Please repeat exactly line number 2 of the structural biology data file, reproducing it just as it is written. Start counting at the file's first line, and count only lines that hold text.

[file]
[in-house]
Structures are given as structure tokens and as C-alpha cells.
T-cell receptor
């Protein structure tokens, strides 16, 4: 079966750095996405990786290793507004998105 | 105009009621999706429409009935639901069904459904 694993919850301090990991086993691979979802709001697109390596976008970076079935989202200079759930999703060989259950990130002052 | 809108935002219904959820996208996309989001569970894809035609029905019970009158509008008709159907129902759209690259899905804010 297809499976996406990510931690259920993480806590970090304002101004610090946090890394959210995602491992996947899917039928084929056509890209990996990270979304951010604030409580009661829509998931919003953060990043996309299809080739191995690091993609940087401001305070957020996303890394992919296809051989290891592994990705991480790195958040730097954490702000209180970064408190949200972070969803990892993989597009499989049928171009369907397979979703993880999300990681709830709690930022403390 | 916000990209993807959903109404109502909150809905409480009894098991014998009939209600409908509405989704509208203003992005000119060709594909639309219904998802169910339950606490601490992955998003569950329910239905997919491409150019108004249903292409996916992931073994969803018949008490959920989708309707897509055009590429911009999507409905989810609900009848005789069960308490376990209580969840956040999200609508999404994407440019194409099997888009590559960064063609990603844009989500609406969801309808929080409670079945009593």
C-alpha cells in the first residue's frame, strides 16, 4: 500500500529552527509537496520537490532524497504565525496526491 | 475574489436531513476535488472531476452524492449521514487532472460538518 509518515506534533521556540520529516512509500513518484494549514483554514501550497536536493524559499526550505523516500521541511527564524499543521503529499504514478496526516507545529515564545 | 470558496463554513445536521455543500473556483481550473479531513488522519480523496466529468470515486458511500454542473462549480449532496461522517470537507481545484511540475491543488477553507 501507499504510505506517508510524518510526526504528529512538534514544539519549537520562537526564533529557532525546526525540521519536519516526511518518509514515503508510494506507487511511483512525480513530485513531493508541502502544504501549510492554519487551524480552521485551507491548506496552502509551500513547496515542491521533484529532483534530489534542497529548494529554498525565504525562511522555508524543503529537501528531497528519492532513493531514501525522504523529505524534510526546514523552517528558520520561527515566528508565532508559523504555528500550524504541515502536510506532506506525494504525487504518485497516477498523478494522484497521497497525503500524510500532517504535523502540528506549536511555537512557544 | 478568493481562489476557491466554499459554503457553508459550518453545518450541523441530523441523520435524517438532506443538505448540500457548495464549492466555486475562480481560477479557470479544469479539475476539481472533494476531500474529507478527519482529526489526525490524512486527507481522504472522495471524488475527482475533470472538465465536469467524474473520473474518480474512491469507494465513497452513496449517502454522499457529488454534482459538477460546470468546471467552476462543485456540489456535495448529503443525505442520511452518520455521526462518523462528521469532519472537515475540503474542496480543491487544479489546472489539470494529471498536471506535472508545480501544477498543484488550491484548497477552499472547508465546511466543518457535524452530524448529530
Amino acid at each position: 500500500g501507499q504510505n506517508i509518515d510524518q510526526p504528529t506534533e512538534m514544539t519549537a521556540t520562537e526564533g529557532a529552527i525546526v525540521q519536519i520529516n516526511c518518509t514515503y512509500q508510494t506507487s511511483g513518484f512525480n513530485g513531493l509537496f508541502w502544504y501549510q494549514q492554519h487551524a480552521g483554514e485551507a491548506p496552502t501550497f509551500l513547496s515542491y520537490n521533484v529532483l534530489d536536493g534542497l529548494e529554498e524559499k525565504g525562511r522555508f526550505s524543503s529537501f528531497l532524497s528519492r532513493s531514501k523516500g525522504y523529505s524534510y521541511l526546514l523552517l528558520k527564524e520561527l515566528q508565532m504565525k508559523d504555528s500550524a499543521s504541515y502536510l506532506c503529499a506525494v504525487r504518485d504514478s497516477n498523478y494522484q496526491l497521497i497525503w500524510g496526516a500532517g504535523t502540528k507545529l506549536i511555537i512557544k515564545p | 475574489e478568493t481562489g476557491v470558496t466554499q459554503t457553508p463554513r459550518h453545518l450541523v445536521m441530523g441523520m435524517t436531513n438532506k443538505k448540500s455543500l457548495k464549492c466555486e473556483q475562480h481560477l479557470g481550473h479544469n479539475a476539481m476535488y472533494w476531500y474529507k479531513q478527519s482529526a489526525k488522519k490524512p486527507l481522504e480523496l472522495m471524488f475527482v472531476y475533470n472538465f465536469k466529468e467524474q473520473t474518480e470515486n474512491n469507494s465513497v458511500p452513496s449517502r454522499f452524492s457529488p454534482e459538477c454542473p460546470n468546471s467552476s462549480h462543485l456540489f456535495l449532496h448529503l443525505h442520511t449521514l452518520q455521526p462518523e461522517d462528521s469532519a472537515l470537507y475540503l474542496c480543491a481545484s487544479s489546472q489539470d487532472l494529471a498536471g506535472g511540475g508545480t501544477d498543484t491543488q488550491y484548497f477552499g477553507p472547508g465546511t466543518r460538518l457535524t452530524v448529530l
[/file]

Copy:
Structures are given as structure tokens and as C-alpha cells.